Tighter regulation threatens European dividend fund popular holdings, warns Fitch
Investors may like European dividend income funds, as the market’s 4.5% yield exceeds the US, UK and Japan, but Fitch Ratings is cautioning about the sustainability of payouts, particularly in many managers’ favourite sectors of telecoms, utilities and financials.
Olly Russ, fund manager at European equities house Argonaut Capital Partners, said the dividend yield from European shares of 4.5% was comfortably higher than ‘safe haven’ core government debt markets – a key drawcard for income-hunting allocators.
However, Fitch has questioned whether the yield coming from three key sectors for many fund managers is under threat from regulation.
It has urged investors “carefully to review the investment processes of European dividend fund managers [to] ensure that forward-looking analysis on dividend sustainability is at the core” of funds’ analysis.
Its analysis shows European equity income funds are heavily overweight financials, utilities and telecoms, holding a 40% exposure to these sectors on average.
European dividend funds Fitch analyses are, on average, overweight by 13 percentage points to the sectors, compared to the average of the Lipper Global Equity Europe peer group. The sectors represent 28.8% of the MSCI Europe index.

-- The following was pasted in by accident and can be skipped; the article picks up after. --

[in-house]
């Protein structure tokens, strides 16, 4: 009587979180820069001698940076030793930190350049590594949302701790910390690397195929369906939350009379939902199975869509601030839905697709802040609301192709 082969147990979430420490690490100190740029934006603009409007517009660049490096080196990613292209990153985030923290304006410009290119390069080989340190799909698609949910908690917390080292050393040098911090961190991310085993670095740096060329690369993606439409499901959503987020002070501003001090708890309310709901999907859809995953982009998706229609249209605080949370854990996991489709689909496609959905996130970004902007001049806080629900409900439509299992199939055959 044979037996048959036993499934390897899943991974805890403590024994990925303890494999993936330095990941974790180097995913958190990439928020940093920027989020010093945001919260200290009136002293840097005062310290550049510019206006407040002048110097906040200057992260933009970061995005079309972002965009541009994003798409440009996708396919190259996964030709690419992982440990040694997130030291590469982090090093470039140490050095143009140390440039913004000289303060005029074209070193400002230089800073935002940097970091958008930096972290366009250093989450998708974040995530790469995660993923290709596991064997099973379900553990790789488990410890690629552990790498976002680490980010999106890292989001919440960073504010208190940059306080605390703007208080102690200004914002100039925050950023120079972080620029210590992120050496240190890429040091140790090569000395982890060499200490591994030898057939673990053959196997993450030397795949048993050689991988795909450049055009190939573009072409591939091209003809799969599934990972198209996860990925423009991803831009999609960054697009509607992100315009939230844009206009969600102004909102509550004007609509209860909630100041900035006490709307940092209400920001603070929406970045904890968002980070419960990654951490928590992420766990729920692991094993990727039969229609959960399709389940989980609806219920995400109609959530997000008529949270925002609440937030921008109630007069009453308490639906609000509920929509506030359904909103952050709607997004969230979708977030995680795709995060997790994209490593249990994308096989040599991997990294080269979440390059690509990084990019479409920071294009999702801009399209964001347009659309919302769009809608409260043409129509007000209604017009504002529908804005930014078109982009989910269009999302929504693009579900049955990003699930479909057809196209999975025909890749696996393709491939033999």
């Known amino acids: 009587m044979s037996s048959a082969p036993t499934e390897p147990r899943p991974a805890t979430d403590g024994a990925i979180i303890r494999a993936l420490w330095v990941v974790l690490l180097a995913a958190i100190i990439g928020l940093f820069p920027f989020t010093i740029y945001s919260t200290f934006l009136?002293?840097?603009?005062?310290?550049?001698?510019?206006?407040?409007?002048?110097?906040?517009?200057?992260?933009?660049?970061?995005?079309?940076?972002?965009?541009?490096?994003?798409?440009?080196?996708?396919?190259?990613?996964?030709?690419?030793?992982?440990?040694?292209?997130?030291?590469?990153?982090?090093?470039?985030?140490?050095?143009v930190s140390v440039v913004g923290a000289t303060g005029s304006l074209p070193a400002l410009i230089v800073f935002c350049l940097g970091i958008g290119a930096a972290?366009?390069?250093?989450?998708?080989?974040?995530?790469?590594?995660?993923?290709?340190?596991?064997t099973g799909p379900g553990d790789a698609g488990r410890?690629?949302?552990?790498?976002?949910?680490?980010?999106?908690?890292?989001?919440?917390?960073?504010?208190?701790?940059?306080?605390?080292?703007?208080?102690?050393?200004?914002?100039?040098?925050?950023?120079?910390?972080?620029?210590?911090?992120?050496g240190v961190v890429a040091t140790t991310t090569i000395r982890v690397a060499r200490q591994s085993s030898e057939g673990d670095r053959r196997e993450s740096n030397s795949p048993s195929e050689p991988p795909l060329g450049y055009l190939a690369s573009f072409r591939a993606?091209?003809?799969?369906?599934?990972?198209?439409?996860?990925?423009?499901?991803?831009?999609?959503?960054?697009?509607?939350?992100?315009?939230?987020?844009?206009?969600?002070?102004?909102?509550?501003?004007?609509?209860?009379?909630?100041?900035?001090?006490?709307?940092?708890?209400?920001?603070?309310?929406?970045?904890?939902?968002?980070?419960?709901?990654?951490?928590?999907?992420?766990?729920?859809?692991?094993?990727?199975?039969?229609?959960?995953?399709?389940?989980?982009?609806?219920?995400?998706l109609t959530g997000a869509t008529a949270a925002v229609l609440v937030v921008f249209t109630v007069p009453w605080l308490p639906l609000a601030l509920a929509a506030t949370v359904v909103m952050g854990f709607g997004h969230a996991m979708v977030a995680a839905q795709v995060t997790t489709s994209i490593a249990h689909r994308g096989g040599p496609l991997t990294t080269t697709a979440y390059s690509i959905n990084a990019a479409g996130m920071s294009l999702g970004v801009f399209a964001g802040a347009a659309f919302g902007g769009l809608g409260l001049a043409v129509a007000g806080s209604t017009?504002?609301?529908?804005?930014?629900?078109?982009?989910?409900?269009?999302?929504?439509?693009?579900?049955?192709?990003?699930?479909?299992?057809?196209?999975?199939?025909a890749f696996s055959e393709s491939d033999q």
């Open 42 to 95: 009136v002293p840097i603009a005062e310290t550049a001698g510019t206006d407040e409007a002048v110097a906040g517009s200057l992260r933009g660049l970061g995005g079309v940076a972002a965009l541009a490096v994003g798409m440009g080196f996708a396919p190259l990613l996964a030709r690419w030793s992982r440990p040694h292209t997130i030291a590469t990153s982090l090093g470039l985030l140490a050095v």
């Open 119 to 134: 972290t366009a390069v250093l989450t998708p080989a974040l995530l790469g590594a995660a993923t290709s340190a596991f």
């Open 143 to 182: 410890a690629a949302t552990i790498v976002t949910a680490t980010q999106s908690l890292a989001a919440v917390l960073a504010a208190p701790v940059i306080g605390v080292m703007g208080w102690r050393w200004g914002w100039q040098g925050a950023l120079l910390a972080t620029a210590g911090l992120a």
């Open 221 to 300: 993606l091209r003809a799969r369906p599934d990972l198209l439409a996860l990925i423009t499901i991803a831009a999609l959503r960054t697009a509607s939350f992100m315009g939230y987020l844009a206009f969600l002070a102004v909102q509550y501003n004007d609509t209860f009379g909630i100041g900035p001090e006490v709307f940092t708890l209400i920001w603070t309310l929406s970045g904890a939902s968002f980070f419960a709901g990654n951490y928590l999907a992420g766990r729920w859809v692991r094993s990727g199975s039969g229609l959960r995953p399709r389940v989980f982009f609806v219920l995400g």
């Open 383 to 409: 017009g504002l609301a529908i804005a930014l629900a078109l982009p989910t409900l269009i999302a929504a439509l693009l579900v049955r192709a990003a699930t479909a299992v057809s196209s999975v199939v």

But these sectors “naturally have higher levels of regulation compared to other sectors”, Fitch adds, and this could endanger dividends in future, as demonstrated recently for utilities in Germany, telecoms in France or banks throughout Europe.
Fitch says the sustainability of dividends is “key to performance and managers need to reconcile a quality-growth focus with a dividend focus”.
It adds the standard form of analysing dividend by the yield is backward-looking – so by definition cannot account for future regulation.
“Managers need to develop a thorough strategic analysis covering barriers to entry, pricing power and structural sector trends.”
The three sector biases disadvantaged European dividend income funds as they underperformed broader European equity funds over five years by 2%, on greater annualised volatility, of 20.8% versus 18.1%.